Drumboe Woods in Stranorlar, so much to offer
Locals and visitors using the amazing trails in and around Drumboe Woods in Stranorlar have been left wondering if a new practice of stuffing empty cans of alcohol, soft drink containers and coffee cups into a hollow in one of the river walk's most impressive trees is a practice that's here to stay.
It's National Tree Week but that obviously means nothing to those defacing this beautiful scenic walk with their total disregard and laziness.
This is a beautiful and historic place with much to offer.
Even the oldest maps show some patches of woodland around the castle. The area was strategically important because of the “great Ford of Finn,” used by Red Hugh O'Donnell to cross the river on his way to the Battle of Kinsale.
Armies down the years crossed the Finn at this point – the gravel bank has since been dredged away and only the slope leading to it remains – and it is no surprise that the security-conscious Planters built Drumboe Castle nearby.
The ruins of a large Georgian home and earlier fortification on the same site, known as Drumboe Castle, can still be found in the woods. Drumboe Castle is best known as the location of the execution of the Drumboe Martyrs — four republican soldiers — during the Irish Civil War, in 1923. The large house once had three stories, an impressive bay frontage and large number of rooms and fireplaces. By the twentieth century, the house had fallen into disrepair and it was (mostly!) demolished by the state in 1945.
There is a direct link between Drumboe Woods and Thomas Pakenham, world famous author, tree expert, and Earl of Longford as the Woods were planted by a Pakenham relative.
Emily Pakenham, grand-daughter of the second Earl of Longford, did the work, along with her husband Sir Edmund Hayes who owned Drumboe Castle. The planting took place around the castle about 1860. It was a magnificent display. Drumboe Woods still abounds in towering Beeches, Pines, Horse Chestnuts, Larches, Limes and Silver Firs from that era, with a Giant Sequoia, Californian Redwood, dominant at the centre.
But the story of Drumboe Woods did not begin, or end, with Edmund and Emily Hayes.
The first Drumboe Castle was built just after the Ulster Plantation. It changed hands several times and was destroyed once, before being acquired and rebuilt by William Basil, Oliver Cromwell's Attorney General in Ireland. His descendant Mary Basil married an English doctor, Samuel Hayes, in the late 18th Century.
The last Hayes heir died in 1912. During the War of Independence, the British Army was quartered at Drumboe Castle, and was succeeded by the Free State Army in 1922. It was the scene of a notorious Civil War mass execution in 1923; to this day, Republicans pay annual homage at the monument erected to the four men who died there.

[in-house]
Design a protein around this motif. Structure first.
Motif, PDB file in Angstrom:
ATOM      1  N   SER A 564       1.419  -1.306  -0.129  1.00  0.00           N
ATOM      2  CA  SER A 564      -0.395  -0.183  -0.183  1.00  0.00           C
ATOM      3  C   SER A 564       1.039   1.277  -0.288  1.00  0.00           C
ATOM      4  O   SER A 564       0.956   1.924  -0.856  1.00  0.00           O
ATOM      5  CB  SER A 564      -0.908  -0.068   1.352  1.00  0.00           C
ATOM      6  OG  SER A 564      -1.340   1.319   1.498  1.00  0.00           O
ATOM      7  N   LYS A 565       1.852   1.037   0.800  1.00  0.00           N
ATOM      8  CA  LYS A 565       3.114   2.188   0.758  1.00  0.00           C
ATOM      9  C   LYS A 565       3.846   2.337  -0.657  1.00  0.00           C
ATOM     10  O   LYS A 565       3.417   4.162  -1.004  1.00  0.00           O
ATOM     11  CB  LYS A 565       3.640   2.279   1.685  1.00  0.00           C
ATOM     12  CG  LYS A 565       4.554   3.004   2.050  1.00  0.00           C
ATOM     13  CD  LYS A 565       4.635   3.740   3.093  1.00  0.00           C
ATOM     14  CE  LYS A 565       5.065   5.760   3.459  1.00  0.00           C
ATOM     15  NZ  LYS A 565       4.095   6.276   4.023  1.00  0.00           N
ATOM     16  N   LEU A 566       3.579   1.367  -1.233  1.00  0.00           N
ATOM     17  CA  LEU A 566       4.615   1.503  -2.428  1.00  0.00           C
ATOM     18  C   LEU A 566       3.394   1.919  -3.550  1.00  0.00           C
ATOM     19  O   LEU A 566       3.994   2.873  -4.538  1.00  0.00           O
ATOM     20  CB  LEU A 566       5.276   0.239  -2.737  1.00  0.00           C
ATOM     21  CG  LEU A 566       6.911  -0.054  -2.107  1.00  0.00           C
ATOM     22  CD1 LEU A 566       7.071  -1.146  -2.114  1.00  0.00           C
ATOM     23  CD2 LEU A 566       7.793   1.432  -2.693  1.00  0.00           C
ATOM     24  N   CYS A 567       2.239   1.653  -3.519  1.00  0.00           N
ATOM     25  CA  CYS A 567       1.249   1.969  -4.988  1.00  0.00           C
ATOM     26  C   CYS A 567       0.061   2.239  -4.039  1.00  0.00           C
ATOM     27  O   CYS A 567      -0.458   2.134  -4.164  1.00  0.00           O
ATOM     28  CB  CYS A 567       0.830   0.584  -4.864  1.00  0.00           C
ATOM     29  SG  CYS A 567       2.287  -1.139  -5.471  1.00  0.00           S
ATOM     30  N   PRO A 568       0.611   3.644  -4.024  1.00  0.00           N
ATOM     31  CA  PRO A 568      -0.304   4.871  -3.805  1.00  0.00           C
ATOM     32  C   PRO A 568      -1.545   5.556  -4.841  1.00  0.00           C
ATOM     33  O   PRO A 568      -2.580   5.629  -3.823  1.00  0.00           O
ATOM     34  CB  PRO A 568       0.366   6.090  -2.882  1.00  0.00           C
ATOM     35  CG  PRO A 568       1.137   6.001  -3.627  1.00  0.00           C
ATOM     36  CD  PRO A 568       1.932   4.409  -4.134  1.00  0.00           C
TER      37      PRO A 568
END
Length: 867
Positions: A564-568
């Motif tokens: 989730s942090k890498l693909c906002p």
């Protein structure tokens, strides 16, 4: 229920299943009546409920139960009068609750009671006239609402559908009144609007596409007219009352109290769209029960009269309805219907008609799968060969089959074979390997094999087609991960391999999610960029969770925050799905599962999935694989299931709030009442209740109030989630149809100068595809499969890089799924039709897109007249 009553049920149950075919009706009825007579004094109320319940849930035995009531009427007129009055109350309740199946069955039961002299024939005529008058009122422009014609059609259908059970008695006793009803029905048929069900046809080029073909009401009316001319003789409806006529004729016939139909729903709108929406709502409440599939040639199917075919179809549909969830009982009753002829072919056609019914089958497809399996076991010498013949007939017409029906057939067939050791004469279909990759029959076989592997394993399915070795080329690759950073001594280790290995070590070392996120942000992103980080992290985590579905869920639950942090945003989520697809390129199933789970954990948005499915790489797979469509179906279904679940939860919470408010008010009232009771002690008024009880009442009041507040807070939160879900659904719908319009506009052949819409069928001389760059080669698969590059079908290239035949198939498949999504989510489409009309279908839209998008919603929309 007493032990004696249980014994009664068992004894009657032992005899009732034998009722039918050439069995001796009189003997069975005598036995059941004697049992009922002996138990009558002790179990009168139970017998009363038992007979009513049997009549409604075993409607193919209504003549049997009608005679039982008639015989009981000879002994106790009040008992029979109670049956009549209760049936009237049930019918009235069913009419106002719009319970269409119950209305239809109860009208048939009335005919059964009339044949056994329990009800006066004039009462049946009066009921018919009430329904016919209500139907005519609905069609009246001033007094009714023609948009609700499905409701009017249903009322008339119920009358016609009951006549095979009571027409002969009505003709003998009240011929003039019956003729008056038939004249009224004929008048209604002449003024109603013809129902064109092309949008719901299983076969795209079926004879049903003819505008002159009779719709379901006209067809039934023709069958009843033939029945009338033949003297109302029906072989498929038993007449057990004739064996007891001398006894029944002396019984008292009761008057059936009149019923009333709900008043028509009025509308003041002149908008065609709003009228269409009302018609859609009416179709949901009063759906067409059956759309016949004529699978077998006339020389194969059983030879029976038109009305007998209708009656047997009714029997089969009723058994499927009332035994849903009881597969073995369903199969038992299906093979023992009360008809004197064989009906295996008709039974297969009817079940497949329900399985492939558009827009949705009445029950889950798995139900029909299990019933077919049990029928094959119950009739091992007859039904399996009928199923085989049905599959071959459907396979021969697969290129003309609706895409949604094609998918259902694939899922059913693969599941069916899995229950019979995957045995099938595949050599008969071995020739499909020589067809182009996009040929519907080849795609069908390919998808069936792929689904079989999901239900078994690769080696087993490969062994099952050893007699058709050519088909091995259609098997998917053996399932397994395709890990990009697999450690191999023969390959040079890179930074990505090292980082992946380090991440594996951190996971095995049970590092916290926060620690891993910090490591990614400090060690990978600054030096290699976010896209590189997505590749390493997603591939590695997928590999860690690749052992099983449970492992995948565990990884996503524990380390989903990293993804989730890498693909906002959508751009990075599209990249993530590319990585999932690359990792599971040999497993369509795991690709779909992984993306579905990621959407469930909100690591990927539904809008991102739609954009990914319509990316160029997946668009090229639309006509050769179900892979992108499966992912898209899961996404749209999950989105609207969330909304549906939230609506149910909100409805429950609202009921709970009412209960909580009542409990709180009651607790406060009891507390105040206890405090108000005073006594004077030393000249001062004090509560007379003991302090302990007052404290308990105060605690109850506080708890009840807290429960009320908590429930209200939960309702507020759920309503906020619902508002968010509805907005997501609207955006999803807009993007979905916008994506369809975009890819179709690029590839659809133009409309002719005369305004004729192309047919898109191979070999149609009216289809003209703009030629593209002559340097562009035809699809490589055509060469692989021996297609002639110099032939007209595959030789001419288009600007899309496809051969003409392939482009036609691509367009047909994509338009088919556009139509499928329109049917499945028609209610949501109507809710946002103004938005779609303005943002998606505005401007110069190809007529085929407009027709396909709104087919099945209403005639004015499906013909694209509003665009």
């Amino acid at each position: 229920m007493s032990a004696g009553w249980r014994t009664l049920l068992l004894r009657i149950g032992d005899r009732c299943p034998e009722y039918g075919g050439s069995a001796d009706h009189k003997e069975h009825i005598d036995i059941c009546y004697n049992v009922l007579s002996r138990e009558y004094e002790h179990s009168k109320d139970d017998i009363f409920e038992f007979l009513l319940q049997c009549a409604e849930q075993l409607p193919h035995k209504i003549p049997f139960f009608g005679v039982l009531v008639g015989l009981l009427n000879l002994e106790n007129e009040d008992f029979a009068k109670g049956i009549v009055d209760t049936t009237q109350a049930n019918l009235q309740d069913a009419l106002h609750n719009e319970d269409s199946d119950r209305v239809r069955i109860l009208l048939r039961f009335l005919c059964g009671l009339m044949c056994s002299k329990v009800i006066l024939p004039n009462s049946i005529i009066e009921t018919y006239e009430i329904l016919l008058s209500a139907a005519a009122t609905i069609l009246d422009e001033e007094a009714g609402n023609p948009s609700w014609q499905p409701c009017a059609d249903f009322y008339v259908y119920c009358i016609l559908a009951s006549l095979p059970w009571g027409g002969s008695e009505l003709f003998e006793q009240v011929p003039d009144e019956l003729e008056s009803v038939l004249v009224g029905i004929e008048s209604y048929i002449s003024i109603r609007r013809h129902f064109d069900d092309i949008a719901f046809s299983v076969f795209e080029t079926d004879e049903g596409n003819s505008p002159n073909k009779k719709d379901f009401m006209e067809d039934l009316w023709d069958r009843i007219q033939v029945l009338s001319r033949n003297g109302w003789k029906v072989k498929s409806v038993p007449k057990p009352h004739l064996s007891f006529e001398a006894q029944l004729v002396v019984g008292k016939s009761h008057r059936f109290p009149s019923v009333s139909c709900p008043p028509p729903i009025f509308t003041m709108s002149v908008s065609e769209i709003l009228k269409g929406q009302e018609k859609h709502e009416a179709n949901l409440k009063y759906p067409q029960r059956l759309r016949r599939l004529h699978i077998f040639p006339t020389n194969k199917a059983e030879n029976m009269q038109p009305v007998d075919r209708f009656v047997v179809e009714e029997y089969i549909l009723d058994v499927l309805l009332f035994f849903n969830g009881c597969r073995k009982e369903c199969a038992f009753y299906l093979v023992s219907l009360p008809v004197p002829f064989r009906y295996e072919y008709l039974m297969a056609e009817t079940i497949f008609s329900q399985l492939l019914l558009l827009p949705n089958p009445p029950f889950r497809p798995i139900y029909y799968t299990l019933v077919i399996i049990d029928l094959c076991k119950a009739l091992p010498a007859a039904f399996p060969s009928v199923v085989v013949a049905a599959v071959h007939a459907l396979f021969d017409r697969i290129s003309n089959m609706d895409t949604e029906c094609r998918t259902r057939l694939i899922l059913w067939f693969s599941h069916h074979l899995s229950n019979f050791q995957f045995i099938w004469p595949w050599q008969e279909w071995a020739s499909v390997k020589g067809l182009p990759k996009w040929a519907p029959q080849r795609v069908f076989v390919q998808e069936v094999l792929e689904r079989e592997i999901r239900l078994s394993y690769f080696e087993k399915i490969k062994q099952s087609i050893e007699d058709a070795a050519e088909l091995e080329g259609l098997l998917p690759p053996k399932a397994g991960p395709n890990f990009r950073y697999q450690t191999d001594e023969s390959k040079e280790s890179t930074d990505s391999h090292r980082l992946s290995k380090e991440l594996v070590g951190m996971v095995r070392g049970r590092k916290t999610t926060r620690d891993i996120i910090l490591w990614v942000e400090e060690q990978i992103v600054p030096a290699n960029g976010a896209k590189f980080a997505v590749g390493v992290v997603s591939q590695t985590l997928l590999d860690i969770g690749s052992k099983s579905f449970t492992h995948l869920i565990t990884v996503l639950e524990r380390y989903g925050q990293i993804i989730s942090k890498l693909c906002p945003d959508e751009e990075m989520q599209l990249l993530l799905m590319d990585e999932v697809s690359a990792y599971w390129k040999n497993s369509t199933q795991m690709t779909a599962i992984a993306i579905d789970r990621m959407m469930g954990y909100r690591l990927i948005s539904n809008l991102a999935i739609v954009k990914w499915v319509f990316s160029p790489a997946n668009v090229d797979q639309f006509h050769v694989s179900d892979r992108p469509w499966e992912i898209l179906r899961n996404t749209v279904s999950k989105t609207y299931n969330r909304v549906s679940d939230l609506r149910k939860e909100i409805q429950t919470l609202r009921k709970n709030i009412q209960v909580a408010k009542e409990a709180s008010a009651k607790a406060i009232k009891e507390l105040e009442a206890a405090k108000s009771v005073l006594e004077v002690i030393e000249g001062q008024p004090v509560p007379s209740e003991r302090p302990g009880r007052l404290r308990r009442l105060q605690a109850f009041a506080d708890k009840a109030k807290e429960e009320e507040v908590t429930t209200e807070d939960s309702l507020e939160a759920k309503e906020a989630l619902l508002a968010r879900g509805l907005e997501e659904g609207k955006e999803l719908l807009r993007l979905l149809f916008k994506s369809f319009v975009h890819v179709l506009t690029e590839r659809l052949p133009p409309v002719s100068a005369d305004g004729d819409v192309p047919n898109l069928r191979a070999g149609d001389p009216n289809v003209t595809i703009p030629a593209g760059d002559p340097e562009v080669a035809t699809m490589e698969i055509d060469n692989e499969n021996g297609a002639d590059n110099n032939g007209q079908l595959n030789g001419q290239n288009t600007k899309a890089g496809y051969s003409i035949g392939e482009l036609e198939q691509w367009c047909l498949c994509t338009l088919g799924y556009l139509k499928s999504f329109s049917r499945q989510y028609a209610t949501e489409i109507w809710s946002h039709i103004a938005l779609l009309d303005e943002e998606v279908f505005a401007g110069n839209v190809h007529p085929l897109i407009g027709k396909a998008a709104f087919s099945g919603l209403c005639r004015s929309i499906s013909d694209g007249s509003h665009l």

Drumboe Woods is also regarded as the best possible introduction to Irish trees, and even to Irish history, available in the country.
The woods are packed with both living and non-living relics of the past. Buildings associated with the castle are still partly intact, and there are stands of Elder, Rhododendron, Laurel, Hazel, and other shrubs associated with human activity.
But enough of the history and back to the current problem.
Cans and other containers stuffed into the hollow
Even the most casual user of the walks know when you find holes and hollows, you need to make sure that you do not damage the outer layers of the tree in the areas of the holes.
This can cause damage to the natural barrier and allow the rot to get into the essential outer layers of the trunk, which then can kill the tree.
The hollow trunk is an ideal location for wildlife. There’s protection from extreme weather and the temperature will be much more constant than outside.
A hollowing trunk can also provide a nesting or roost site for bats and birds. The bottom of the trunk can be a good location for a hibernating hedgehog. Lots of fungi, epiphytes and invertebrates will also colonise a hollowing tree.
When contacted about the problem Coillte blamed the lockdown for this latest crisis.
“Coillte has experienced a significant increase in visitor numbers to our forests during the Covid-19 lockdown. We are aware of an issue regarding littering in Drumboe Woods, and are currently working to remedy the issue with our local forest management team.
“We ask all visitors to our 250 recreational forest parks nationwide to abide by the Leave No Trace Principles, and bring all of their litter home and dispose of it responsibly.
“We are committed to the continual improvement of environmental stewardship standards across all of our forest areas. When visiting our forests please to remain within your 5km travel zone, and follow all HSE social distancing guidelines,” a spokesperson said.
Another problem brought to their attention was the fact that there was no facility to dump rubbish near the various picnic seats in the woods.
During the recent good spells many families availed of the opportunity to enjoy a snack in the woods but not everyone abided by the Leave No Trace Principles - a bin or two in the area would have been handy!
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